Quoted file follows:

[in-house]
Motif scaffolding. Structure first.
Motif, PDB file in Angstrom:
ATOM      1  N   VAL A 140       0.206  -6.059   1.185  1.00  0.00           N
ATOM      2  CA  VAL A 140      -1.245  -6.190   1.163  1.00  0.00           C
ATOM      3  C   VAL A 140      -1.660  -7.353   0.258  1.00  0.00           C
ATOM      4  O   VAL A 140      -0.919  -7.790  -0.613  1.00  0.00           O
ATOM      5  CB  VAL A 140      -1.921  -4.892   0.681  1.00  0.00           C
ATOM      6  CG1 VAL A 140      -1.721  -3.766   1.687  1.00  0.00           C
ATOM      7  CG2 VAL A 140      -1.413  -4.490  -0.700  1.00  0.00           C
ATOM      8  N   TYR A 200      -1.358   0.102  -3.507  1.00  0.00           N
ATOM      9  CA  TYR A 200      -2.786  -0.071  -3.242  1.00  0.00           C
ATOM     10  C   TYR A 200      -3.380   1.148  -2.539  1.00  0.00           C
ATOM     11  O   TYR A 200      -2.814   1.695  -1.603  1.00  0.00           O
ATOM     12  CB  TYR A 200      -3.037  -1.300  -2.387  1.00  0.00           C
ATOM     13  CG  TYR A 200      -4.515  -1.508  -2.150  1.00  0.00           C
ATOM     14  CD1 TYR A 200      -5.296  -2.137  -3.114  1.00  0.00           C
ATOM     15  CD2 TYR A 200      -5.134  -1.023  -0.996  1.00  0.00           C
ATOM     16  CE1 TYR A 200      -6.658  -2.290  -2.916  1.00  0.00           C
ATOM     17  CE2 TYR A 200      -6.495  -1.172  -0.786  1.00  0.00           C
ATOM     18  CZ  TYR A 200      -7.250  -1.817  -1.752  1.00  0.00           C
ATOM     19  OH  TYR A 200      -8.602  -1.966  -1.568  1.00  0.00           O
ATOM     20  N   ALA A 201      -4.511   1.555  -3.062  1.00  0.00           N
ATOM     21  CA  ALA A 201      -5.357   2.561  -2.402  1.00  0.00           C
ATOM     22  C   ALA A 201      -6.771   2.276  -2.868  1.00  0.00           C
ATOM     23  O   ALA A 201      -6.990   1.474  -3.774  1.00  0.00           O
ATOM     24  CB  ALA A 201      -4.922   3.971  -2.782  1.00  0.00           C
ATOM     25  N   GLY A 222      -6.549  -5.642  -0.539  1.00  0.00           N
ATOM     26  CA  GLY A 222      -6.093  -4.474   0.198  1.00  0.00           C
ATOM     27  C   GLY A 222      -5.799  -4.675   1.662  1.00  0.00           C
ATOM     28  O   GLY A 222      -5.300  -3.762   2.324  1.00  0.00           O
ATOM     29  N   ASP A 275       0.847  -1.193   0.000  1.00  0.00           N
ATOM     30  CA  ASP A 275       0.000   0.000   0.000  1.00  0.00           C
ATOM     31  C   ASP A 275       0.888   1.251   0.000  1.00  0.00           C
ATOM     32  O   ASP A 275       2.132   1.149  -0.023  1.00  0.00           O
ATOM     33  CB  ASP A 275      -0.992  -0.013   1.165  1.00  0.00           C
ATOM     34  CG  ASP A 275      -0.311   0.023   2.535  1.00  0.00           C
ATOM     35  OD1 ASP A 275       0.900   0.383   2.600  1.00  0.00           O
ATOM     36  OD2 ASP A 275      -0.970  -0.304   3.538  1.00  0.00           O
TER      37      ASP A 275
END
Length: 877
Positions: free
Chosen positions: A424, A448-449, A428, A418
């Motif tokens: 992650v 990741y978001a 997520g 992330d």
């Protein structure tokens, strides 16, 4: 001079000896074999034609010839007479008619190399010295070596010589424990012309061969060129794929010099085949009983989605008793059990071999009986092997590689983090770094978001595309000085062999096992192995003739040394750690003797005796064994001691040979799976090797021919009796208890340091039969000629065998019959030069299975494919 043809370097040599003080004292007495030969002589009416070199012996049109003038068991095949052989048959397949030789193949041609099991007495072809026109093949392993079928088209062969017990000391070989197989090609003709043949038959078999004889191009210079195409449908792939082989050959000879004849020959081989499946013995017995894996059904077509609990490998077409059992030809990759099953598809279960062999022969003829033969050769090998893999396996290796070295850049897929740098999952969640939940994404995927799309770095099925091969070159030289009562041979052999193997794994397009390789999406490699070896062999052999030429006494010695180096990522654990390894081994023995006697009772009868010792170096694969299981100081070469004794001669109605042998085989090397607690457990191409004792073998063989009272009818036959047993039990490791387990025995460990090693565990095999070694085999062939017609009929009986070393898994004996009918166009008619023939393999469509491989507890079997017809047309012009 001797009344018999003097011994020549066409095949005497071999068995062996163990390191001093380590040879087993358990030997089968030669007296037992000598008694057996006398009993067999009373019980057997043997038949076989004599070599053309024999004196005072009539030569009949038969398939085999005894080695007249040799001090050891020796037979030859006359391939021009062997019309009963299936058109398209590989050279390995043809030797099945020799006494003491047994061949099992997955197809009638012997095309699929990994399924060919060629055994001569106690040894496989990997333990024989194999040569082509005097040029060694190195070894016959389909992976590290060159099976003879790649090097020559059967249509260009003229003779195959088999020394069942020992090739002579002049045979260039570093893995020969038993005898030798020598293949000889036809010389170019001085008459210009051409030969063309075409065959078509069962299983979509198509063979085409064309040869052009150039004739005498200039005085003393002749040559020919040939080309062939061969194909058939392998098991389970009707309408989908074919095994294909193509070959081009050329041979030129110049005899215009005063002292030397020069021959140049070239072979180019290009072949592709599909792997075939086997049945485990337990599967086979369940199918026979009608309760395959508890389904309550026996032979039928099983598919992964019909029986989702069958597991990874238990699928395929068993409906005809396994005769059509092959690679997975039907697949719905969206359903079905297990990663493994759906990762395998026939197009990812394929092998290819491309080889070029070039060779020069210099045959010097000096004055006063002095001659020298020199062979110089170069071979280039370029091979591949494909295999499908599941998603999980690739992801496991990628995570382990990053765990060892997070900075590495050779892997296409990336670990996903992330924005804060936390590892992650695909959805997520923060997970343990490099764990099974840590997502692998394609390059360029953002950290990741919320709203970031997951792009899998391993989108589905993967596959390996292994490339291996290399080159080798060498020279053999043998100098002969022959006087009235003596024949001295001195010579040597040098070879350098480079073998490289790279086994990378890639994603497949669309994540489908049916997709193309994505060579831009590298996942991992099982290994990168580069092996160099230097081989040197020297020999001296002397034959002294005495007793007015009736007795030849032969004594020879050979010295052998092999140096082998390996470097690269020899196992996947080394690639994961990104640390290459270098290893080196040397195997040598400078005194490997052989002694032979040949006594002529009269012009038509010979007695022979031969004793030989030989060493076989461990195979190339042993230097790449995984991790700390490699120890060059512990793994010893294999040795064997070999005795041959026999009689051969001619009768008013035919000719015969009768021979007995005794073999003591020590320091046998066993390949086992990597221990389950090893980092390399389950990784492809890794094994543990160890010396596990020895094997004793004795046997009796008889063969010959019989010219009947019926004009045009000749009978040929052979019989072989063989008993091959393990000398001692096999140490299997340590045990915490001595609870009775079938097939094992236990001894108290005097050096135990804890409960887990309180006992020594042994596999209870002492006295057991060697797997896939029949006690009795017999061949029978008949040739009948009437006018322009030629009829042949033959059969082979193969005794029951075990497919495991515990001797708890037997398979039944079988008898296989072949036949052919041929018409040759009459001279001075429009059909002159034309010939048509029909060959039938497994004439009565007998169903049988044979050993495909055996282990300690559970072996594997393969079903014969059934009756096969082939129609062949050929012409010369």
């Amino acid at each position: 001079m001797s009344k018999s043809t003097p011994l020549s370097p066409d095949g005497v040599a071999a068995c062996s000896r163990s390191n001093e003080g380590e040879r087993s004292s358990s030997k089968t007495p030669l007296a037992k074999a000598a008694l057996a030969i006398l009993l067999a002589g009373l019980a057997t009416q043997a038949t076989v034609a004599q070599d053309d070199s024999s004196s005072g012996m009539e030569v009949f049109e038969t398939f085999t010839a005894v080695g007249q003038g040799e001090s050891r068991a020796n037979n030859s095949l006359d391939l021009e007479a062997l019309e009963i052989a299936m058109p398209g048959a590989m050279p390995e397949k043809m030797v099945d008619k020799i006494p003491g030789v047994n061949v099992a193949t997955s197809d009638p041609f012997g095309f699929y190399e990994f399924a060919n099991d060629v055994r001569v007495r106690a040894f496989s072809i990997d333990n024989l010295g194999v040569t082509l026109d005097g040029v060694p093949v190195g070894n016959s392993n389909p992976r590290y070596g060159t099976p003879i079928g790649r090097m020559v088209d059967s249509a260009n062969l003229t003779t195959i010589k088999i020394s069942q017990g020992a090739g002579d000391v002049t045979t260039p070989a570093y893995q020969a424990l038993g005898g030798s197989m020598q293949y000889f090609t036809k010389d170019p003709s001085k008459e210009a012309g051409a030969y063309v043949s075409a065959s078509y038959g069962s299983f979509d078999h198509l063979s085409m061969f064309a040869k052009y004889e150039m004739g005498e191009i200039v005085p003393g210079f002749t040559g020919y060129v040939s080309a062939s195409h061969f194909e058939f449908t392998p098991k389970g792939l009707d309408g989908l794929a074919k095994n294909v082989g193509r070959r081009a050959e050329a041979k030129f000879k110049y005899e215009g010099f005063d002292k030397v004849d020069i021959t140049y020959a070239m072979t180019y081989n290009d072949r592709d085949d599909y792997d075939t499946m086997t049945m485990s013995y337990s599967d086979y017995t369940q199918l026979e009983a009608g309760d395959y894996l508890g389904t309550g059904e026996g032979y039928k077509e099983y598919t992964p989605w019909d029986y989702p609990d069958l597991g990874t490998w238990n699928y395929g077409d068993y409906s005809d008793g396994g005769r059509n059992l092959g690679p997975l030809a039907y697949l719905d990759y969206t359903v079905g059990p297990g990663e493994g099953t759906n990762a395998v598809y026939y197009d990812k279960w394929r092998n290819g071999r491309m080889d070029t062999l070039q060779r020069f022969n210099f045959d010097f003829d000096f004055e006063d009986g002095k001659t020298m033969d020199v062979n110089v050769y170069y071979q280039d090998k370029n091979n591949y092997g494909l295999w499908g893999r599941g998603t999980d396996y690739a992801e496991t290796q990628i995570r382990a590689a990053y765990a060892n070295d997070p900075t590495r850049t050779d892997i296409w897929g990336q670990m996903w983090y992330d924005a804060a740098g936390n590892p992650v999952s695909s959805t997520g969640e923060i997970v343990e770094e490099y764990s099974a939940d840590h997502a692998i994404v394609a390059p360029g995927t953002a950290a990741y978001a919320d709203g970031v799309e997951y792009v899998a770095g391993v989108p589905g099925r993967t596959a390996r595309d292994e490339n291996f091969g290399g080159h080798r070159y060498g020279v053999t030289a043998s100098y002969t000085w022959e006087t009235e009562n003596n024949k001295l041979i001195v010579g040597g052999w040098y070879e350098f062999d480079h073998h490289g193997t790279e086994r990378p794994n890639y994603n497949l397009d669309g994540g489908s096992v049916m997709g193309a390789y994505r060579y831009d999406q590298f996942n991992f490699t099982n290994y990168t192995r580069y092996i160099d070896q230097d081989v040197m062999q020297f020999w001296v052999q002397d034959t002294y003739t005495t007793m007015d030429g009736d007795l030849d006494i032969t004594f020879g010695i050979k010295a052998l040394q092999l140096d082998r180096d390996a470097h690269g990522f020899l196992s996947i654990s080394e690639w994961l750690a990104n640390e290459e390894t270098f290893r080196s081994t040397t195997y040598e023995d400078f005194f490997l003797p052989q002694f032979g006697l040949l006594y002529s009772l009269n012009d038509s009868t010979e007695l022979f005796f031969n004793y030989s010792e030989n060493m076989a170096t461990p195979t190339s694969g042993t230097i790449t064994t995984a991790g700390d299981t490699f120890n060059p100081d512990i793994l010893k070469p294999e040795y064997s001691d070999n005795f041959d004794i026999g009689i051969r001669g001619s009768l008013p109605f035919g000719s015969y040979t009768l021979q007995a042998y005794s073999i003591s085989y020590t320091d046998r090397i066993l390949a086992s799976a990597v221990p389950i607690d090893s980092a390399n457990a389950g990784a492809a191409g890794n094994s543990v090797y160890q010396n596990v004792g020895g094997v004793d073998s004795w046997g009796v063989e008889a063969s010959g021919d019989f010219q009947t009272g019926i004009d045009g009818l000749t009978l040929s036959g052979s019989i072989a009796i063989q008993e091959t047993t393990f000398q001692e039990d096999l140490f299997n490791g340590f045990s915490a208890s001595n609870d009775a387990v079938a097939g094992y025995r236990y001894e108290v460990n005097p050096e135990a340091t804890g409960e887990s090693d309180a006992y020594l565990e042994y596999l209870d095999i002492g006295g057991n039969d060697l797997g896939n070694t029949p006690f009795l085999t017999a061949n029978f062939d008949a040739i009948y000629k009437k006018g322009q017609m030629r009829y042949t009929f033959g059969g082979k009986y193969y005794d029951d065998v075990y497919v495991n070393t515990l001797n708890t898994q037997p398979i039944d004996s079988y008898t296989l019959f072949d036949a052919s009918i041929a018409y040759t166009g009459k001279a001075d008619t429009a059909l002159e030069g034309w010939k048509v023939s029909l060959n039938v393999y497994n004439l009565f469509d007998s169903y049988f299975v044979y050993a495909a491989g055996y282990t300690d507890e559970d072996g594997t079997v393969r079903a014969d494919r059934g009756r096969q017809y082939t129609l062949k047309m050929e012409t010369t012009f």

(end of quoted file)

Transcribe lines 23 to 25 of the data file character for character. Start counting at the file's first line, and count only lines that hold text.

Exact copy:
ATOM     20  N   ALA A 201      -4.511   1.555  -3.062  1.00  0.00           N
ATOM     21  CA  ALA A 201      -5.357   2.561  -2.402  1.00  0.00           C
ATOM     22  C   ALA A 201      -6.771   2.276  -2.868  1.00  0.00           C